Photo Editor ‘20
On March 15, 28 year old Brenton Tarrant committed a mass shooting at two mosques in New Zealand, a country that prides itself on peace and equality. This extremely disturbing act of violence killed at 50 people, and was live-streamed on Facebook by the shooter as individuals in the mosques were engaged in a prayer session. The Prime Minister, Jacinda Ardern, has described this as “one of New Zealand’s darkest days.”
As the investigation continues, it has been found that Tarrant posted a manifesto on his social media prior to his attack, which included anti-Muslim rhetoric and white nationalist ideologies. The shooter bought the semi-automatic weapons legally, however, the incident has prompted Ardern to discuss reforming gun laws as New Zealand mourns the loss of their citizens.
Unfortunately, mass shootings are not an unfamiliar tragedy, however, this is an extremely disturbing situation because it’s the first mass shooting to be live-streamed on social media. Copies of the video had been made and posted on different social media platforms, gaining over 4,000 views on Facebook before the video was removed off the website. Copies of the video had been posted on several website, but significantly on websites intended for a white nationalist audience.
In the wake of another unsettling act of violence, New Zealand, Australia, and countries around the globe are mourning together. President Trump tweeted his condolences, “The U.S. stands by New Zealand for anything we can do,” on the day of the incident. Although many people are reaching out and standing together, it’s hard to ignore the reasons behind this shooting: racism.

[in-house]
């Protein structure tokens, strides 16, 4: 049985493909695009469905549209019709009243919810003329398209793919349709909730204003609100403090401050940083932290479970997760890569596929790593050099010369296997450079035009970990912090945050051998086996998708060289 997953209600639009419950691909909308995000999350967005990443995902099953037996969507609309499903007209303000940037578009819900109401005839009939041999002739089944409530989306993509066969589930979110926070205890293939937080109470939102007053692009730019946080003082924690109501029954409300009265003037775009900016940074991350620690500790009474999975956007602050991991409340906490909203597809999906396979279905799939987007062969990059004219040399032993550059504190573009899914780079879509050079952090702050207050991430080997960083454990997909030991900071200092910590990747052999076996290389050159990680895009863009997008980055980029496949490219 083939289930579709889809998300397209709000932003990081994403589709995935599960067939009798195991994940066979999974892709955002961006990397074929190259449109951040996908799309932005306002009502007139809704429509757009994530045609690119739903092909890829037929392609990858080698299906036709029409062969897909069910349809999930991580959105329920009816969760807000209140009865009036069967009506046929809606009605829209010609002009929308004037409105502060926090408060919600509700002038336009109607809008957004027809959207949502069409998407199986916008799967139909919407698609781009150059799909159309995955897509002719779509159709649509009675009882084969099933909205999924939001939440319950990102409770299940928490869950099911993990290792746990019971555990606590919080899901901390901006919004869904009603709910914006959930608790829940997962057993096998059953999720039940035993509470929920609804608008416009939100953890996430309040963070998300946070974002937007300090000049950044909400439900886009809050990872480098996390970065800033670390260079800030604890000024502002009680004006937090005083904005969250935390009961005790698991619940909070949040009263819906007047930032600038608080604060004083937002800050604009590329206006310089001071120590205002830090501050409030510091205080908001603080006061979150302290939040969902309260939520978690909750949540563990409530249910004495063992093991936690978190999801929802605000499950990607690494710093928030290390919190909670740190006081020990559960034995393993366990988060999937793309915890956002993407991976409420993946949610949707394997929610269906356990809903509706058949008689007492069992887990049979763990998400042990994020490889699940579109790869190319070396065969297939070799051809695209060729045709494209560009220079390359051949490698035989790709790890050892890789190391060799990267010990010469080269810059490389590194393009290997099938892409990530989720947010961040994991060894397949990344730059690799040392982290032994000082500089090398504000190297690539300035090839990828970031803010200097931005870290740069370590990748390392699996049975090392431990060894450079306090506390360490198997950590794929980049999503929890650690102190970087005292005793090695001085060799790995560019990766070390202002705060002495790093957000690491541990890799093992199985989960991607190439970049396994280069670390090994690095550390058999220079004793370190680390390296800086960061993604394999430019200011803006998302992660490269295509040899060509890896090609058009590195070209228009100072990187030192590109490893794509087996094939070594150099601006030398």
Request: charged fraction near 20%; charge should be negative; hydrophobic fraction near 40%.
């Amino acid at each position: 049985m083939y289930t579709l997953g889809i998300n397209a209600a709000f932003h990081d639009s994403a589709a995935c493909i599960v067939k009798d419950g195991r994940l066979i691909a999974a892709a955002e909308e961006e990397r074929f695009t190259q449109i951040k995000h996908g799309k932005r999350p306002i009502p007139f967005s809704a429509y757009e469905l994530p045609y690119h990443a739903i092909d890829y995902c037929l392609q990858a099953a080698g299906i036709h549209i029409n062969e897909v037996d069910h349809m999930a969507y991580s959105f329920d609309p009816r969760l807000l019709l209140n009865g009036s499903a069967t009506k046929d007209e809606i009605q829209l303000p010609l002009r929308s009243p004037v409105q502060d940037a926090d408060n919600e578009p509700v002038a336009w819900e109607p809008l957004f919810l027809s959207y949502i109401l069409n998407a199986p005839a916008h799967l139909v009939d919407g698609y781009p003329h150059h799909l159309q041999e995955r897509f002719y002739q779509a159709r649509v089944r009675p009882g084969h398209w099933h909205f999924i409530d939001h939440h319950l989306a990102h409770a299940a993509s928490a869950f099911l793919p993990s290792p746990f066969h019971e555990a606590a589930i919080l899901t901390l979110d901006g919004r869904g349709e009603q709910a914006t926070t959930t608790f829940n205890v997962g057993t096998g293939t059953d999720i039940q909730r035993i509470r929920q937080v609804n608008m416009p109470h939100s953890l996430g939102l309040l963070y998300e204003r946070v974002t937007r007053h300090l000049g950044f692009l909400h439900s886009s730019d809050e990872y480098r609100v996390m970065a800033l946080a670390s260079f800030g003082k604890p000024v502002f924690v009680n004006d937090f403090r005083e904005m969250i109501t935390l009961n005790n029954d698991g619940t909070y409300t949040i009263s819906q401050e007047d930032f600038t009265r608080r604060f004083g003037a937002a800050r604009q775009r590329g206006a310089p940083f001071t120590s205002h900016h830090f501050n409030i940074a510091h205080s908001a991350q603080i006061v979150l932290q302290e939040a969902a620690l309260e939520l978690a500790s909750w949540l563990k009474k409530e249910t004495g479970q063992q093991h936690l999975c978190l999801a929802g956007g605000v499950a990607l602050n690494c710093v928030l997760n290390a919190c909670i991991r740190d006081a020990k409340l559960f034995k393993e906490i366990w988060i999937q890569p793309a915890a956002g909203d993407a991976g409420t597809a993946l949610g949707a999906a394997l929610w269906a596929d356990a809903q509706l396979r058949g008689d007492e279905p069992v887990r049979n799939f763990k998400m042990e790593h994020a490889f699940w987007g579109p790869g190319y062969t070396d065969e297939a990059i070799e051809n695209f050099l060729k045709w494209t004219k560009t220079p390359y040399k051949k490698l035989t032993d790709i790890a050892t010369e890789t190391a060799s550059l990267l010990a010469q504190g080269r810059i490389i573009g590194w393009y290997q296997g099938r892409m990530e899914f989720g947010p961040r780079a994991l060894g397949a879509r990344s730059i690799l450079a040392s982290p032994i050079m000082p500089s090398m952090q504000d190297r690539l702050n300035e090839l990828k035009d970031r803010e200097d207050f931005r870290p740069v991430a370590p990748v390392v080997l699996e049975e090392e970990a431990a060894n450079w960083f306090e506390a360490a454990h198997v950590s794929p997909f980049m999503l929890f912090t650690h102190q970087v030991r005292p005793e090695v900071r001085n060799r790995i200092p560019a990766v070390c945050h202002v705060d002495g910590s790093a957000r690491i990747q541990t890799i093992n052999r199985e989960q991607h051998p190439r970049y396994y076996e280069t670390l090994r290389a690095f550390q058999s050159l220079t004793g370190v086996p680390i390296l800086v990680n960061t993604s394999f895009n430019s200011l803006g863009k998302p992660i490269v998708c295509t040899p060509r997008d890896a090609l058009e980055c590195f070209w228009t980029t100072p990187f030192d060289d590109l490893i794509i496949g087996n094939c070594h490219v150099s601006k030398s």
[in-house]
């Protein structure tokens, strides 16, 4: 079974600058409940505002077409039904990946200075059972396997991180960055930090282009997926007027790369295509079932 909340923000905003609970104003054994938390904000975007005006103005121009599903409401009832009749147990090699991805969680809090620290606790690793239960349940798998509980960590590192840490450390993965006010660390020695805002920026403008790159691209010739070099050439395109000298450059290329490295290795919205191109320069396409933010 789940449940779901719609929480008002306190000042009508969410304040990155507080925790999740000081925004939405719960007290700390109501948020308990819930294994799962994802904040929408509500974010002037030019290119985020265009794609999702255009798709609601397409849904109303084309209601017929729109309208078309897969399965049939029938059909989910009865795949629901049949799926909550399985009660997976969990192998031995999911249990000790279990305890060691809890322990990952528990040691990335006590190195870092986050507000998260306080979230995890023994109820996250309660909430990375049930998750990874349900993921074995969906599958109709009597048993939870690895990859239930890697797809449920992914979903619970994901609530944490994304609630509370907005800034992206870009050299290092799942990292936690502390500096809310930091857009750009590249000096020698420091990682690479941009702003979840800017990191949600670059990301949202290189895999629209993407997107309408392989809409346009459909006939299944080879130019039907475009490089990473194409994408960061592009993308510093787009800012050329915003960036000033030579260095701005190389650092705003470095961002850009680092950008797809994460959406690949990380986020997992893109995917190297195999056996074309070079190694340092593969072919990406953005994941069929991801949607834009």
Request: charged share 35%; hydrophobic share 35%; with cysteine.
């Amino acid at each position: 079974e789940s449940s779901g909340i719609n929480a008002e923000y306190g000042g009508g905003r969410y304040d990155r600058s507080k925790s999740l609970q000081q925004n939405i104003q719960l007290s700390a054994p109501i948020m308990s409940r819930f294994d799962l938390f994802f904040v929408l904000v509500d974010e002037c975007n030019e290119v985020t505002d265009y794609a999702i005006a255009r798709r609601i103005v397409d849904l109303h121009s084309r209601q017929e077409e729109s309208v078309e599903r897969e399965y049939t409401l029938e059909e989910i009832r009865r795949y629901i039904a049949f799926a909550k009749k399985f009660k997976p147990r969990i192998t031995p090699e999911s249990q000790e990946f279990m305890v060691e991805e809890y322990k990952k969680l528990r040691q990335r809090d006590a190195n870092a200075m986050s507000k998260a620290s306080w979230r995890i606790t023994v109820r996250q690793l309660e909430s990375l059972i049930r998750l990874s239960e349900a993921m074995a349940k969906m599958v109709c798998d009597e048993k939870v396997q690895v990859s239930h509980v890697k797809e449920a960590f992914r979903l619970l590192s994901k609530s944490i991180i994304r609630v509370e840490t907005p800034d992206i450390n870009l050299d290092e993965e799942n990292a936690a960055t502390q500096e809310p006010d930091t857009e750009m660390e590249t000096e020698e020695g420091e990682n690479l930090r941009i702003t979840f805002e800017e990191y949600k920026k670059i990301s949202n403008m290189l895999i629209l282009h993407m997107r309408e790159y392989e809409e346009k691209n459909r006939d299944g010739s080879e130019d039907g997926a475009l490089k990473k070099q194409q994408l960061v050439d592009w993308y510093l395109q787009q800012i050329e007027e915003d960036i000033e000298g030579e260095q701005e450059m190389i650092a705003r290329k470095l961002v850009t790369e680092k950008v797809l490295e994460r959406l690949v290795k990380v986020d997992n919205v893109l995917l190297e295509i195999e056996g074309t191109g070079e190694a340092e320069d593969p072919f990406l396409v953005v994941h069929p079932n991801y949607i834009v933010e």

Many horrific events of racism, white supremacy, and white nationalism have been in recent news cycles, and they continue to become more and more disturbing. In August of 2017, there was a white supremacy rally in Charlottesville, VA that resulted in the death of Heather Heyer, a woman who bravely protested the rally. This news spread like wildfire and was a topic of discussion for months and has since fallen out of the media cycle-but why?
Acts of violence influenced by racist ideologies have been embedded in American culture since our ancestors traveled to the U.S. to escape religious persecution. We have certainly come a long way since these disturbing times, but unfortunately, these ideas are still passed down through generations as pockets of white supremacy groups pop up in many areas of the country. We’re experiencing many accusations of racism within the current presidency as his rhetoric influences individuals with shared ideologies to speak up. With all these different issues, where should our focus be?
Social media and the internet is a largely overlooked factor that plays into these issues as we talk about racism and how to combat it. Brenton Tarrant commited a crime in New Zealand that was so sinister and perplexing, but took it to another level when he live-streamed it on Facebook. Everybody has access to the internet, and people have become extremely bold when posting their thoughts and ideas, and you probably see some sort of racism very frequently; it may not be as intense as a live-streamed shooting, but a post made by your racist uncle still counts, and just because we don’t participate in that rhetoric, doesn’t mean we’re changing things. As we mourn the victims of an extremely vicious attack, we need to keep in mind that it’s our responsibility to speak out against racism and be advocates for equality.